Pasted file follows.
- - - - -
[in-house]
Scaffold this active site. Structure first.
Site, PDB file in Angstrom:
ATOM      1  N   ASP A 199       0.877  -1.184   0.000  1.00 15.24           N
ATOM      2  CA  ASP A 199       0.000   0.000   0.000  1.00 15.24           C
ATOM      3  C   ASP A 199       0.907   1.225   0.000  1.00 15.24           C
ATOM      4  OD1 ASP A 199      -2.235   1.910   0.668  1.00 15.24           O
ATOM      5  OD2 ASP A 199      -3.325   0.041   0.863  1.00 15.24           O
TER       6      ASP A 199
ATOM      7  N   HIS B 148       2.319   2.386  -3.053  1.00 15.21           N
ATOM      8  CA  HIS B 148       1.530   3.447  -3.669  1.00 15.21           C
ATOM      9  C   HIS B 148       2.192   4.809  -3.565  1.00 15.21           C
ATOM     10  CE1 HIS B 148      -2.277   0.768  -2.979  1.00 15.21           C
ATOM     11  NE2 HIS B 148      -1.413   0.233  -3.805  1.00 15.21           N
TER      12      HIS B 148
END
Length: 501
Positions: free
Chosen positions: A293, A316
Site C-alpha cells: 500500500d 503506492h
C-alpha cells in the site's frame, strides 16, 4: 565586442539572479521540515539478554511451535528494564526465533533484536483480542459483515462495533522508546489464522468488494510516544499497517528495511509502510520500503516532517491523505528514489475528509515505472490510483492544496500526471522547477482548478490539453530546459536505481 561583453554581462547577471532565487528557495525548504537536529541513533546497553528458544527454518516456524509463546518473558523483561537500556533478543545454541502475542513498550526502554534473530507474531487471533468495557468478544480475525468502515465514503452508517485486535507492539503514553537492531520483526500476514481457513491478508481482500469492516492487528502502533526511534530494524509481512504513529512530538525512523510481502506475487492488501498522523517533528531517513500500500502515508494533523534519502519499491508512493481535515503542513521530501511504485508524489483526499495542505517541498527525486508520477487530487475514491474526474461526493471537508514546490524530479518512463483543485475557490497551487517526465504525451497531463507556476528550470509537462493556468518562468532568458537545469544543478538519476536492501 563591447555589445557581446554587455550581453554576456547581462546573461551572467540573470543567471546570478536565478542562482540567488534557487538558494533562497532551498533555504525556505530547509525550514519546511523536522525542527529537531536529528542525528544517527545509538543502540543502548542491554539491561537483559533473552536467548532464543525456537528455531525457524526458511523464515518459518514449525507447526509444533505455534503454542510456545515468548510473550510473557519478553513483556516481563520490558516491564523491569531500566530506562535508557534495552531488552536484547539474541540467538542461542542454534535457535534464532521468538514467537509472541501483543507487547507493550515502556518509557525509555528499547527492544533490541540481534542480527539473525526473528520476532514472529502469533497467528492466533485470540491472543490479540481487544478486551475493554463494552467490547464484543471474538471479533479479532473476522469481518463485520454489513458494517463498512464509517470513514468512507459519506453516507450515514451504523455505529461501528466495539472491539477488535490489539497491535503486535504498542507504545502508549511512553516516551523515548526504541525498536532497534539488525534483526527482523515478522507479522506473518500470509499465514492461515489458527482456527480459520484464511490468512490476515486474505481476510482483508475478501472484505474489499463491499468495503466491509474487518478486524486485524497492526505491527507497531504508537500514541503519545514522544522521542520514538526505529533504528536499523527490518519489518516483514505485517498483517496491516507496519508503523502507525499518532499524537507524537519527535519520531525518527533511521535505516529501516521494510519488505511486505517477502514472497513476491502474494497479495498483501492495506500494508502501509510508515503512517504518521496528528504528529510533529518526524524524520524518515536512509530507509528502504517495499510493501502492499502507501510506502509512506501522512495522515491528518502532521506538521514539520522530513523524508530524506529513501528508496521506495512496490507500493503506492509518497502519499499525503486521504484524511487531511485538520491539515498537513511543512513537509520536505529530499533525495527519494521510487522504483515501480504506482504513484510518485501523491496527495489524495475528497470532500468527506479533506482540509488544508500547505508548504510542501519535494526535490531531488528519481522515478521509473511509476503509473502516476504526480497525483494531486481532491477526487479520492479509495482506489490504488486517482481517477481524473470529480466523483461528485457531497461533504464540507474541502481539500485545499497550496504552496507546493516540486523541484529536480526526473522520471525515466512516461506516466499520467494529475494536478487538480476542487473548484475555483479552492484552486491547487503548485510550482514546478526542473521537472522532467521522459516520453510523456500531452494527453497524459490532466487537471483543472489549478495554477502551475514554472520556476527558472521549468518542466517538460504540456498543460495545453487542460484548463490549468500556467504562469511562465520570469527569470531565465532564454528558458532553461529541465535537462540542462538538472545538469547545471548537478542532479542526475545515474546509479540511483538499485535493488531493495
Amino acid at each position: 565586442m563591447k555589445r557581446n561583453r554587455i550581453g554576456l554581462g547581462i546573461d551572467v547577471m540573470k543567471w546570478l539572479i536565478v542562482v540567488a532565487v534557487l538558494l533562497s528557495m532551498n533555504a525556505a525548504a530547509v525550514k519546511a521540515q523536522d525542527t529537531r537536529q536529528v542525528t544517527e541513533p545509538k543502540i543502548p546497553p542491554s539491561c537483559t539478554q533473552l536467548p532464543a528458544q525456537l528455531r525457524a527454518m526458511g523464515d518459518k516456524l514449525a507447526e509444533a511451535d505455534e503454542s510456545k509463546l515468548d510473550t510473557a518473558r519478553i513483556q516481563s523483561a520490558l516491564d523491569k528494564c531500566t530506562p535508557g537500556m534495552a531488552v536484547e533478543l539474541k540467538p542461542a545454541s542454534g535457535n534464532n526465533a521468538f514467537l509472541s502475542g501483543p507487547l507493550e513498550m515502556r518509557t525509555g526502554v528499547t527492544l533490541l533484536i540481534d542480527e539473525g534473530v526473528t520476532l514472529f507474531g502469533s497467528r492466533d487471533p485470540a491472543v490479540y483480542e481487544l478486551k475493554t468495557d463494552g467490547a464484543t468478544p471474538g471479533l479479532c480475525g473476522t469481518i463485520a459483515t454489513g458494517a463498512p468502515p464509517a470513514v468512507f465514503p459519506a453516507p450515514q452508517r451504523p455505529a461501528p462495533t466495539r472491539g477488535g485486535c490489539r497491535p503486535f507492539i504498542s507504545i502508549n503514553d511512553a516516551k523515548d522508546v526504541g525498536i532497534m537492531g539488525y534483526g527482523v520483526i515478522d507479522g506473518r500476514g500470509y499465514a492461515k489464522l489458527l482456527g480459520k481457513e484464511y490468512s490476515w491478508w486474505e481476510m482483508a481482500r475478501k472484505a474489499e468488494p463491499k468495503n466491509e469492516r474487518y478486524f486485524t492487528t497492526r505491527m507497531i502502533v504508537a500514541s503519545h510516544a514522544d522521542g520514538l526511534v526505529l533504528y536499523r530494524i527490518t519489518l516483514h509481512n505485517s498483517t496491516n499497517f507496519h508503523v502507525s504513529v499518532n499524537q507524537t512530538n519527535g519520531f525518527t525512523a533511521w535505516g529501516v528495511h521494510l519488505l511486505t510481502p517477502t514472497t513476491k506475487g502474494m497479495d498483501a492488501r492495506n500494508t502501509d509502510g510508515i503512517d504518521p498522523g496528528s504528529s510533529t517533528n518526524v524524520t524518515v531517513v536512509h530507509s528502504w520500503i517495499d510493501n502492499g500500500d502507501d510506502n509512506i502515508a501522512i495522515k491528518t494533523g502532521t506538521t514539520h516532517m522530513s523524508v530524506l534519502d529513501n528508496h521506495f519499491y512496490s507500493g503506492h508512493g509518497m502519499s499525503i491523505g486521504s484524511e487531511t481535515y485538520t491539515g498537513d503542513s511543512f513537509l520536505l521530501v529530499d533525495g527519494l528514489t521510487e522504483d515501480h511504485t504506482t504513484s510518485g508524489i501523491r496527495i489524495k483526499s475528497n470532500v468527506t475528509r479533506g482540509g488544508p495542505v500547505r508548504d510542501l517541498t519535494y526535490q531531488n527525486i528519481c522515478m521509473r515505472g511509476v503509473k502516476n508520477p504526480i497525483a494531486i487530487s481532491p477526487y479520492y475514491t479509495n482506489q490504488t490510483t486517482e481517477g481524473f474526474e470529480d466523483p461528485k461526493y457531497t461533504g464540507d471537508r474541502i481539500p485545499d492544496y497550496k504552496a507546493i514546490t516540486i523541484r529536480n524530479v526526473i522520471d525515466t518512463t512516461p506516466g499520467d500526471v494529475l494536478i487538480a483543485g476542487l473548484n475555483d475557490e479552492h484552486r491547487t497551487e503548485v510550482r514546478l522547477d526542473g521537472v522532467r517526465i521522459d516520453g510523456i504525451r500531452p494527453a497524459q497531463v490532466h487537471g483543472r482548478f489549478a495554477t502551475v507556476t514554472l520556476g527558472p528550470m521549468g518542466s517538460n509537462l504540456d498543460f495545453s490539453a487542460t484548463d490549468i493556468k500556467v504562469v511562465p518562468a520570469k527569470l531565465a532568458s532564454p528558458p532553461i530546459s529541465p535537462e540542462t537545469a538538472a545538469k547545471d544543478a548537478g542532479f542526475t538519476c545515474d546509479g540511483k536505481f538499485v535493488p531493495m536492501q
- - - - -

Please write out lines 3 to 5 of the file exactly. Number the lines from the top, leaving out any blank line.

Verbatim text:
Site, PDB file in Angstrom:
ATOM      1  N   ASP A 199       0.877  -1.184   0.000  1.00 15.24           N
ATOM      2  CA  ASP A 199       0.000   0.000   0.000  1.00 15.24           C